KABUL, Afghanistan — This morning the United Nations Assistance Mission for Afghanistan released a six-month report on civilian casualties in Afghanistan. The report, which covers January to June of this year, notes a decrease of 27 percent in the number of casualties as compared to the first half of last year, the deadliest year for Afghan civilians since UNAMA began reporting on casualties in 2009. Nonetheless, while overall casualties have decreased, a worrisome trend that began once United States forces ended combat operations in Afghanistan in 2014 has continued: U.S. and Afghan forces have killed more civilians than the Taliban and Daesh (ISIS) have so far this year.
Earlier this month, Taliban and Afghan representatives in Doha, Qatar, pledged to reduce the number of civilians killed to zero, though both sides have killed civilians since the non-binding joint statement was released.
In the first half of 2019, 1,366 Afghan civilians were killed and 2,446 were wounded, while 1,729 were killed and 3,476 were wounded in the first half of 2018. Though the Taliban and Daesh wounded hundreds more civilians than U.S. and Afghan government forces, U.S. and Afghan airstrikes killed 717 civilians, while anti-government groups killed only 531 in the first half of this year. The remaining reported civilian deaths occurred in crossfire, without a clearly identifiable perpetrator.
Attacks by the Taliban and Daesh often use improvised explosive devices and suicide bombers, which frequently maim and injure civilians in their vicinity. American and Afghan military airstrikes use large precision bombs dropped by airplanes and helicopter-based rockets, which are much more lethal than improvised explosives.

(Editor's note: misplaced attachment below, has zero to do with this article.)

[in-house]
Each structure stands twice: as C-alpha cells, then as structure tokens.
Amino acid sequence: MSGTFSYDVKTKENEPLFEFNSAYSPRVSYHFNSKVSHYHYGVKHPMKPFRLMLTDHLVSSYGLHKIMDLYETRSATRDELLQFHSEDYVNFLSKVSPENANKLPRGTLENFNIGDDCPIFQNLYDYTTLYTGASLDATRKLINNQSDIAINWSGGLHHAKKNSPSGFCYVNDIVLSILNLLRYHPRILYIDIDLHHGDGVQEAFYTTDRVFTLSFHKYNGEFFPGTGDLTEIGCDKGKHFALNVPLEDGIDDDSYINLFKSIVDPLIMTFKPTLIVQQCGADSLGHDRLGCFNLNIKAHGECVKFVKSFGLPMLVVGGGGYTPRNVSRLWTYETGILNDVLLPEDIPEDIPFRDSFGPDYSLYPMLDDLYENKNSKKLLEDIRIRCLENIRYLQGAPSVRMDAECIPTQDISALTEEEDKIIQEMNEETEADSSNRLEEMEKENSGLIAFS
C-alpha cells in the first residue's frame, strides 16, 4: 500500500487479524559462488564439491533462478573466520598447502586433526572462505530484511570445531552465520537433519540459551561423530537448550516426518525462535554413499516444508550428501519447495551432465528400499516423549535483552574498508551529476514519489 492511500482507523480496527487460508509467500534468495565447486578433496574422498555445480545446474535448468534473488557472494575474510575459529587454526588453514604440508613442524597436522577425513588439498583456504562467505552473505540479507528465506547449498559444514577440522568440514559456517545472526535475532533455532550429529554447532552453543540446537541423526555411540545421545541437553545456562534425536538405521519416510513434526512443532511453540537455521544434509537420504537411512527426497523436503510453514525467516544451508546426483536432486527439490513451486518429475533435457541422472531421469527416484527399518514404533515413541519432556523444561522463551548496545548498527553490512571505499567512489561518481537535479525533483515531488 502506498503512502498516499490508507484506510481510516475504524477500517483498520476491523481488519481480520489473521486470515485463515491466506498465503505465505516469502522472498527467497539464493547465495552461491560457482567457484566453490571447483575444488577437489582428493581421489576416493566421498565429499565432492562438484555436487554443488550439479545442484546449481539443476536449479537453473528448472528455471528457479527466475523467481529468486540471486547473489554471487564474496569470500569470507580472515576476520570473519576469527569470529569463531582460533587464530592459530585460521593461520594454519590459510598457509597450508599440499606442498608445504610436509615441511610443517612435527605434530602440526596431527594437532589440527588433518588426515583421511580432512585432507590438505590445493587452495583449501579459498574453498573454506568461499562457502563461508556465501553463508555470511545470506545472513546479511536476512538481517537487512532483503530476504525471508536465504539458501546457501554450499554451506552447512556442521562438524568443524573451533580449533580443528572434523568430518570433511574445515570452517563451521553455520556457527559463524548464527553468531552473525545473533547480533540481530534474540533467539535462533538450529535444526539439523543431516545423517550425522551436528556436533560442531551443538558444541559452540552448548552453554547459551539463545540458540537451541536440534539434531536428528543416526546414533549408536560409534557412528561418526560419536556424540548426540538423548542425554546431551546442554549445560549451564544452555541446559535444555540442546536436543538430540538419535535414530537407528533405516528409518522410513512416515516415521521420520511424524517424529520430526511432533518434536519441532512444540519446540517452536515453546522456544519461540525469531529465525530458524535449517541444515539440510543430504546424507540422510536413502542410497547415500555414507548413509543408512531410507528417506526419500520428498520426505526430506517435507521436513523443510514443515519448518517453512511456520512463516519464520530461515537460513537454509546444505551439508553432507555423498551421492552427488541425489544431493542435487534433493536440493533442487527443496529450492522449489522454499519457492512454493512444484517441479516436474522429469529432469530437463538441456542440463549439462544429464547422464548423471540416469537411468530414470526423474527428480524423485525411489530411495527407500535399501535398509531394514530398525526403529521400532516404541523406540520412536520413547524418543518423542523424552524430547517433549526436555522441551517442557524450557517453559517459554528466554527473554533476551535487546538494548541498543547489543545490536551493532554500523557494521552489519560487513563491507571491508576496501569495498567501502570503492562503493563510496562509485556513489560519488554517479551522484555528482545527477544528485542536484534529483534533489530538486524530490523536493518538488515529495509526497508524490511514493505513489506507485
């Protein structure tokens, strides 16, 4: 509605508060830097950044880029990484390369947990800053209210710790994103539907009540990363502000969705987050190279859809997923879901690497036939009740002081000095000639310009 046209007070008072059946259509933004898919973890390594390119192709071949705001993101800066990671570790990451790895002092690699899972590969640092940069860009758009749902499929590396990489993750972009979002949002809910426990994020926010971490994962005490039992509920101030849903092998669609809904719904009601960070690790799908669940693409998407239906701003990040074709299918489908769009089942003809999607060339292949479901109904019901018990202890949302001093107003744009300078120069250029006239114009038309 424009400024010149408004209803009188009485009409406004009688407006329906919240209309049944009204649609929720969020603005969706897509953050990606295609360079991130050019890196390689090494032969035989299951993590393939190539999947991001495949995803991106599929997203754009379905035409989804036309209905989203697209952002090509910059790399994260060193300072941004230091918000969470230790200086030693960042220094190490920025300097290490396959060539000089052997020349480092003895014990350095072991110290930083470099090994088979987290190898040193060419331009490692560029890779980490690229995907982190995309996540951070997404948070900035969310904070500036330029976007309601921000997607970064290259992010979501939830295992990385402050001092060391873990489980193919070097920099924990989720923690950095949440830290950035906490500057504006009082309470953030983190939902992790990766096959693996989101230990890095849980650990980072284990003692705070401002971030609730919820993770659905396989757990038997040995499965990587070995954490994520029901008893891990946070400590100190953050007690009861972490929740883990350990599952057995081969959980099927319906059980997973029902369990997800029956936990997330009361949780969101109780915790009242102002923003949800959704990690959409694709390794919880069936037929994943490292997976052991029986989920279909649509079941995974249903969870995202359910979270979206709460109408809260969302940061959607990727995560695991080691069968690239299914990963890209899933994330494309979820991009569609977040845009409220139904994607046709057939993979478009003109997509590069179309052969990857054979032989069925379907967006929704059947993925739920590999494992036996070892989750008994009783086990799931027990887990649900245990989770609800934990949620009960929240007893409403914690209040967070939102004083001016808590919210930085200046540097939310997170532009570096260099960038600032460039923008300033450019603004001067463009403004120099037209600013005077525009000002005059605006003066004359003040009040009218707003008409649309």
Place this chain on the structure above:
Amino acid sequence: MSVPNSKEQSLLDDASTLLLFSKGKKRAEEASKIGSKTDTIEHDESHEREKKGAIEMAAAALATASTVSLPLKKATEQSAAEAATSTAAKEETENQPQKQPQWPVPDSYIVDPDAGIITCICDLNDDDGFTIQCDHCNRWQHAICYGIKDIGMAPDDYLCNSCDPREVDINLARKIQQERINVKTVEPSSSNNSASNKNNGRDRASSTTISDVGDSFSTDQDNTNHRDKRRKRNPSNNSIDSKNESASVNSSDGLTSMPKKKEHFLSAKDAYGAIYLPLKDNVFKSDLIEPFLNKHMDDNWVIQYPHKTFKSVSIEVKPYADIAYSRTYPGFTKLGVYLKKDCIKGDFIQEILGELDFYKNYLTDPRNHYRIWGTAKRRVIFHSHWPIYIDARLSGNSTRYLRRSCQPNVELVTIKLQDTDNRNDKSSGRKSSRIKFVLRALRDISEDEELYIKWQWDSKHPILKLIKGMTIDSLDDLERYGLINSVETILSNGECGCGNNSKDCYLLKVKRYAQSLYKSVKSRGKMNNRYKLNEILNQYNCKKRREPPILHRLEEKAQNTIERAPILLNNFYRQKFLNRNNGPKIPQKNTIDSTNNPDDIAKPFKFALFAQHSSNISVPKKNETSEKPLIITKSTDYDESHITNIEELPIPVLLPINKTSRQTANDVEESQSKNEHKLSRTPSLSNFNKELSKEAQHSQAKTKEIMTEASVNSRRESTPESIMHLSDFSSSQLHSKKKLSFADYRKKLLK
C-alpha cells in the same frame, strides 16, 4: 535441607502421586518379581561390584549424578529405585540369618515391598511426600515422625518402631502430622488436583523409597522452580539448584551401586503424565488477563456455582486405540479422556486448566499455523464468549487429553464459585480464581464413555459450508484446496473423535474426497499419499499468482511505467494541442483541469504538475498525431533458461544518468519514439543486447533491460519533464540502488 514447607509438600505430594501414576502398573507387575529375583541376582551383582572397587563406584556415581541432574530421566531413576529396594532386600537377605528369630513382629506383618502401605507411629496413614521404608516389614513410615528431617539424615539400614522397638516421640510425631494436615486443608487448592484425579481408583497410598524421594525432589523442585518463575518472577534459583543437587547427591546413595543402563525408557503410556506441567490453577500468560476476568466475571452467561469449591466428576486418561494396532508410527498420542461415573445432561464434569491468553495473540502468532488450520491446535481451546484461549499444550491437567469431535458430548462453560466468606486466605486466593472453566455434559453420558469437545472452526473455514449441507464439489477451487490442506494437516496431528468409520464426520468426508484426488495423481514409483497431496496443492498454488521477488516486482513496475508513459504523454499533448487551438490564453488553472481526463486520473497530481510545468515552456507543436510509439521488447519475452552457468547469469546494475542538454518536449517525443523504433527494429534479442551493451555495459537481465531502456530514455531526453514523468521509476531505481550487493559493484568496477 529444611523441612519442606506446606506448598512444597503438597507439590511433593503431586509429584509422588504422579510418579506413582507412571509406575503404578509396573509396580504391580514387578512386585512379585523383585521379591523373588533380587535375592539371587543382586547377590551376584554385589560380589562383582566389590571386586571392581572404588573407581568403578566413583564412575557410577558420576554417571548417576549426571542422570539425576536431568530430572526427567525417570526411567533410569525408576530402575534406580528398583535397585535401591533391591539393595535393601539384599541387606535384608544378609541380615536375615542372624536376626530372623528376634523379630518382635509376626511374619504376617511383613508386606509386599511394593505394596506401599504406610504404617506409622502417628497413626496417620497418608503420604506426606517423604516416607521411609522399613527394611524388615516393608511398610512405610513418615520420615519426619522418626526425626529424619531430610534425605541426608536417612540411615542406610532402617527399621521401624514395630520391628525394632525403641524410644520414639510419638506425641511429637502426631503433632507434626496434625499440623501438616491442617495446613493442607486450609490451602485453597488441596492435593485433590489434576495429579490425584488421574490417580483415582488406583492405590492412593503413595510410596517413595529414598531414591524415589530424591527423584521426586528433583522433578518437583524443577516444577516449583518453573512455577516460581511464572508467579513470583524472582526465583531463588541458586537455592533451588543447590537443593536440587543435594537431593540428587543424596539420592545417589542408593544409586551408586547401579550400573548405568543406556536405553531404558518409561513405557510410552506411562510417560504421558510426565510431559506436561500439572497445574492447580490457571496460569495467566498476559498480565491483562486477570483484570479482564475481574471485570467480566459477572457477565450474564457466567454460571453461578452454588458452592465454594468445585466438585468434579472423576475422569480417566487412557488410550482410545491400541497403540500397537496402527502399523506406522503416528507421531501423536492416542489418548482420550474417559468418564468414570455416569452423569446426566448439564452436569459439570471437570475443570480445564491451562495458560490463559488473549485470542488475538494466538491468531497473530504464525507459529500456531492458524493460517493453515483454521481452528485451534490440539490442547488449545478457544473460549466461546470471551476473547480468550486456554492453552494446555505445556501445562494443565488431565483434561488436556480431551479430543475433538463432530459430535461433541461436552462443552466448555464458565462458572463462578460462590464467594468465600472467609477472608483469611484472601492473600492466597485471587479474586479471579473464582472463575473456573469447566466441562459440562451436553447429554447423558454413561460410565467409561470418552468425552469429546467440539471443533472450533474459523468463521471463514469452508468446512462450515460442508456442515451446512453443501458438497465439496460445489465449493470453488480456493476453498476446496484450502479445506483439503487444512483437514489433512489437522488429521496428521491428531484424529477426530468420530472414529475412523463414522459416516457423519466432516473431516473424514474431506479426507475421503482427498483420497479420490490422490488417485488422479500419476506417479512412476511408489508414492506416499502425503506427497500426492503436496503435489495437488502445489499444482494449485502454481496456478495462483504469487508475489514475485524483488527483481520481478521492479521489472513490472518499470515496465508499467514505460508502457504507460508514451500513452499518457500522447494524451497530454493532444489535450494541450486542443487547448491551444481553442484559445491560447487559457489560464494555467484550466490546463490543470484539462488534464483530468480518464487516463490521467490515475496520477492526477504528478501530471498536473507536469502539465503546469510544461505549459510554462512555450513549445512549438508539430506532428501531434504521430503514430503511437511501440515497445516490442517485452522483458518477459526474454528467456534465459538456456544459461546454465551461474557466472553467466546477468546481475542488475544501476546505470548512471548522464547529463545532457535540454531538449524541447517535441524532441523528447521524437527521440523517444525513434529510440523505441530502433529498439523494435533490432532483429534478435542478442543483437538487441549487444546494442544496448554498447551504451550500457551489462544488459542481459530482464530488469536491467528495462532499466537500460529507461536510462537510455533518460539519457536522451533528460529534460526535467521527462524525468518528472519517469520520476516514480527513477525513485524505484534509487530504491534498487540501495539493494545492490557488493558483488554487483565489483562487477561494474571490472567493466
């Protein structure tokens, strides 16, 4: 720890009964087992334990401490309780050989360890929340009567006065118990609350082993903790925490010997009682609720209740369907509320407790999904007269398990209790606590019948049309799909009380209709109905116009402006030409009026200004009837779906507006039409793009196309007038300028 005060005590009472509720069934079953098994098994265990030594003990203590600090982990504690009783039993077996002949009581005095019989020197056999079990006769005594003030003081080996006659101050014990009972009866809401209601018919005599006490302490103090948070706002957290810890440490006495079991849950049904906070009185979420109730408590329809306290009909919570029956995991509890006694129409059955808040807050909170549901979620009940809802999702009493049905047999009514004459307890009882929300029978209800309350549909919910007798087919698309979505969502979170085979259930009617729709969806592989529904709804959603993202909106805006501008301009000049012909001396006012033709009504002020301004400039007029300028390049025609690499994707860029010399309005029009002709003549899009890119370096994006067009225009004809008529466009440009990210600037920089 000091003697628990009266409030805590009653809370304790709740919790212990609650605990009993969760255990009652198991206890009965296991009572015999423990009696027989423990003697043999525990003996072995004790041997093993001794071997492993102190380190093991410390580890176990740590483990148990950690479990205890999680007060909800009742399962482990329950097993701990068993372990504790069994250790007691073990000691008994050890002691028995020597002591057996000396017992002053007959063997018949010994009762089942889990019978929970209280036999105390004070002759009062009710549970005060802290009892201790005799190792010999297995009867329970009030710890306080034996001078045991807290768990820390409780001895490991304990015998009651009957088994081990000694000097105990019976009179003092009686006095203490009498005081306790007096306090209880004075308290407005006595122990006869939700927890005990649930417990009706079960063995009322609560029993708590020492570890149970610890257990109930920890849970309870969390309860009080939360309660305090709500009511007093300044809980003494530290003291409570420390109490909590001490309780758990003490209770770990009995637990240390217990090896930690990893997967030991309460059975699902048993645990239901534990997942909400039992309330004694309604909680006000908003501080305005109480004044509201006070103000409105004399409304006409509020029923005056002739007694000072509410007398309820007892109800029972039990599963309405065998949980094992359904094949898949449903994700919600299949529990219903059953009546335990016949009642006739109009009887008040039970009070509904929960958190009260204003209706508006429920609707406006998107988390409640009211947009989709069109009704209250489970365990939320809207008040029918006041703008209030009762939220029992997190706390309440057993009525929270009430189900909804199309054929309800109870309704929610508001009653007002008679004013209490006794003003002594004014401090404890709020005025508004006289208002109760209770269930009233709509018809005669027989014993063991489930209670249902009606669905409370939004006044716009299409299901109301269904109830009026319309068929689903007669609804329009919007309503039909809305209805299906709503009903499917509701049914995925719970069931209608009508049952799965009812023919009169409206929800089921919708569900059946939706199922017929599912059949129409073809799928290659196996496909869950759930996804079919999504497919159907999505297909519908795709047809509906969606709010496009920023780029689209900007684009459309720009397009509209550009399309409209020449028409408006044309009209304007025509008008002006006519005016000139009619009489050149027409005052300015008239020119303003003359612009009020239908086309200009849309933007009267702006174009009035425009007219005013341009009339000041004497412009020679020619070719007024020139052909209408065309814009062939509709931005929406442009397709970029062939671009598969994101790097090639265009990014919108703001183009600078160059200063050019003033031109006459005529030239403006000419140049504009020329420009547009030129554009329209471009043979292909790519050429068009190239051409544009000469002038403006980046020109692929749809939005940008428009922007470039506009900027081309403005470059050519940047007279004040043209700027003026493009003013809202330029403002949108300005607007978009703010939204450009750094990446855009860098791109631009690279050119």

The UNAMA report was released two days after campaign season for the upcoming presidential election began. In Afghanistan, elections often bring waves of violence orchestrated by the Taliban, who consider the Afghan government to be an illegitimate puppet of the United States.
On October 20th of last year, the Afghan government held parliamentary elections across the country. By the end of the day, 56 civilians were killed and 453 were wounded in attacks at voting sites in cities all over Afghanistan, making it the deadliest day in the country of 2018. Multiple people in Kabul have stated they do not intend to vote in the upcoming election, citing attacks on voting sites as their reason for avoiding the polls.
The first day of campaigning this year was marked by a complex attack on the headquarters of President Ashraf Ghani's vice presidential candidate, Amrullah Saleh, in Kabul. The attack lasted over eight hours and left at least 20 dead and 50 wounded, according to the Afghan Ministry of Interior.
Abdul Tawib Aziz, 23, who works in the office that was targeted by multiple bombs as well as gunmen, was away at the time of the attack, though he rushed to the scene as soon as he heard about the explosions. He had hoped to give blood to colleagues in need, but arrived too late. He knew the people slain. "All of them were my friends," he says. Two days after the attack, he stood in front of what remained of his former office, watching workers clear rubble and families who lived in nearby buildings take what little remained of their homes from the wreckage.
Aziz echoes a sentiment expressed by many in Kabul, a sense of resignation and frustration with an almost 20-year conflict that few believe will end soon. Violence by the Taliban and the government continues to be an almost daily feature of life in Afghanistan, especially in Kabul where the Afghan government, foreign non-governmental organizations, embassies, and journalists are frequent targets. "In Afghanistan, every person has seen this," Aziz says. "Every person has experienced this."